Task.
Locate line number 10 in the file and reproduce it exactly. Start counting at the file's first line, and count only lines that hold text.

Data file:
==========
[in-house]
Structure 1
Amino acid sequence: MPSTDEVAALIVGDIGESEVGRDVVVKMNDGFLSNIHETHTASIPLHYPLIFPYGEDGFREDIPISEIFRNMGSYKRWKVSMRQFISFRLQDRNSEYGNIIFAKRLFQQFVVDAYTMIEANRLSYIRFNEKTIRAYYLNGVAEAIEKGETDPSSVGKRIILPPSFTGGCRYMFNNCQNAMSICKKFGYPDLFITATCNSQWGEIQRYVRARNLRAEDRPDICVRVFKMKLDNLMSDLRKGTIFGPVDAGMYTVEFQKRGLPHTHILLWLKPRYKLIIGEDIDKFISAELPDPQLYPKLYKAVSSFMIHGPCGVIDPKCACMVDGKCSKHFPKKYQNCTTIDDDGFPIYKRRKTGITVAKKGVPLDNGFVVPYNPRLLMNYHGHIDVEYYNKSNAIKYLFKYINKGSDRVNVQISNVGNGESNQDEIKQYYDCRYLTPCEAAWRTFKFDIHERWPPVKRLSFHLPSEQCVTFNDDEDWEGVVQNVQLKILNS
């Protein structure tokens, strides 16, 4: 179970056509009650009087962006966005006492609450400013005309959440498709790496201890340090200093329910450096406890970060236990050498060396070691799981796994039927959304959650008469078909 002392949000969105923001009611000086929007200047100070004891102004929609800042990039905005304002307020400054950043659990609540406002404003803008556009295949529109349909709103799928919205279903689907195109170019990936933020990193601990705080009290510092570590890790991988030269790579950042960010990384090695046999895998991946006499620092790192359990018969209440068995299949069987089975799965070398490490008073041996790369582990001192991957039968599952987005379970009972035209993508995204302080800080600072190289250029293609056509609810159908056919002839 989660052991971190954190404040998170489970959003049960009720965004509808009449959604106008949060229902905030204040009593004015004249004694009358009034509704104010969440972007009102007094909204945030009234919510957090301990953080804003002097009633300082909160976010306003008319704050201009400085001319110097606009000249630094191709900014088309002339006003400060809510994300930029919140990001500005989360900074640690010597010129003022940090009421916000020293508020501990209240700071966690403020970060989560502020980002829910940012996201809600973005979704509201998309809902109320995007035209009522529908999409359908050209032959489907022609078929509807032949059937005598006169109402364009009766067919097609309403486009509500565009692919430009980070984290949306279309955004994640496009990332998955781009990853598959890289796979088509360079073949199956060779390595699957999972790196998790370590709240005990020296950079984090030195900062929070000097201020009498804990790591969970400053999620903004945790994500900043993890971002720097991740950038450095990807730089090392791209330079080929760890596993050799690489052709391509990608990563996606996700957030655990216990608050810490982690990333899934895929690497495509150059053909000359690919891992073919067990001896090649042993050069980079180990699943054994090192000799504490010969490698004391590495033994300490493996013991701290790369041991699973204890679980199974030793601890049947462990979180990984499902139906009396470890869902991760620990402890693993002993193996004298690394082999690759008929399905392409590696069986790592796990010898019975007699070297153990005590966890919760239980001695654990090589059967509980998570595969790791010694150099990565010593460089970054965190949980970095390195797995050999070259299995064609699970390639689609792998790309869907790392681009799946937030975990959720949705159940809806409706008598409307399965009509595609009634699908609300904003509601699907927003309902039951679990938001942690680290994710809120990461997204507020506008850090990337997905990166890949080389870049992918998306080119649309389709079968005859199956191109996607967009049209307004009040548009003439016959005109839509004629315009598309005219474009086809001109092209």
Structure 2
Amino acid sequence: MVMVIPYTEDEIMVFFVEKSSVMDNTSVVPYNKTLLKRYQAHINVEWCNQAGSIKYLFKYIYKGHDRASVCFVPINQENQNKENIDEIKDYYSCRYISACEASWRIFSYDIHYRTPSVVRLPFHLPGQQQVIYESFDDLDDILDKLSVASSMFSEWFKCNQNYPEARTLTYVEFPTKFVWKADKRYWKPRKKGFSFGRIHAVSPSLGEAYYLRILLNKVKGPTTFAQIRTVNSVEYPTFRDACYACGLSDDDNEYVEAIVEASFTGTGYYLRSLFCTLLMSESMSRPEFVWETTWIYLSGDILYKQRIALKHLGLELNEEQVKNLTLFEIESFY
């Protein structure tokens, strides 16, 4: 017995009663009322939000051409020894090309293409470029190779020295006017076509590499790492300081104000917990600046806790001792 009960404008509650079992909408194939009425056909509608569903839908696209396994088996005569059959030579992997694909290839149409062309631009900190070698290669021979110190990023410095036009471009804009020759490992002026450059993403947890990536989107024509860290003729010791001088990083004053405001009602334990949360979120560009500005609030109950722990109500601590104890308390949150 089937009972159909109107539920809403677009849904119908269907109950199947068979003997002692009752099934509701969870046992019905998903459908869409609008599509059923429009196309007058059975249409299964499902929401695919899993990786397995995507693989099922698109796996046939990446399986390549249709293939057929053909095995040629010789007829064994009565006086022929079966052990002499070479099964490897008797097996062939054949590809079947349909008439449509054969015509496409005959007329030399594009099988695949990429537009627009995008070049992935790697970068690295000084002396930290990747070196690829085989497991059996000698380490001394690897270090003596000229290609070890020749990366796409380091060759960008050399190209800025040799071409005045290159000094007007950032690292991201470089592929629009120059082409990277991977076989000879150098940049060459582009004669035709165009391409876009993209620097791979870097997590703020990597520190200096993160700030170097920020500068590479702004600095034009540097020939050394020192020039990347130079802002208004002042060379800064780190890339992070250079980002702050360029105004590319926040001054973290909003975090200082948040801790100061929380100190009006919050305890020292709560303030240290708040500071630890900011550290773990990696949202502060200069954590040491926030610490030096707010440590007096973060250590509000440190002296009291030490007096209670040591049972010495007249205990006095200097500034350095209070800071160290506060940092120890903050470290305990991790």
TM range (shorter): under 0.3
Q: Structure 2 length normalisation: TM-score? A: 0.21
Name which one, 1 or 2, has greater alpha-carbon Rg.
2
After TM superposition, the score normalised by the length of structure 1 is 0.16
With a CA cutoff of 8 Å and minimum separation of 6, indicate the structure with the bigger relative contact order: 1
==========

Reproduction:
Name which one, 1 or 2, has greater alpha-carbon Rg.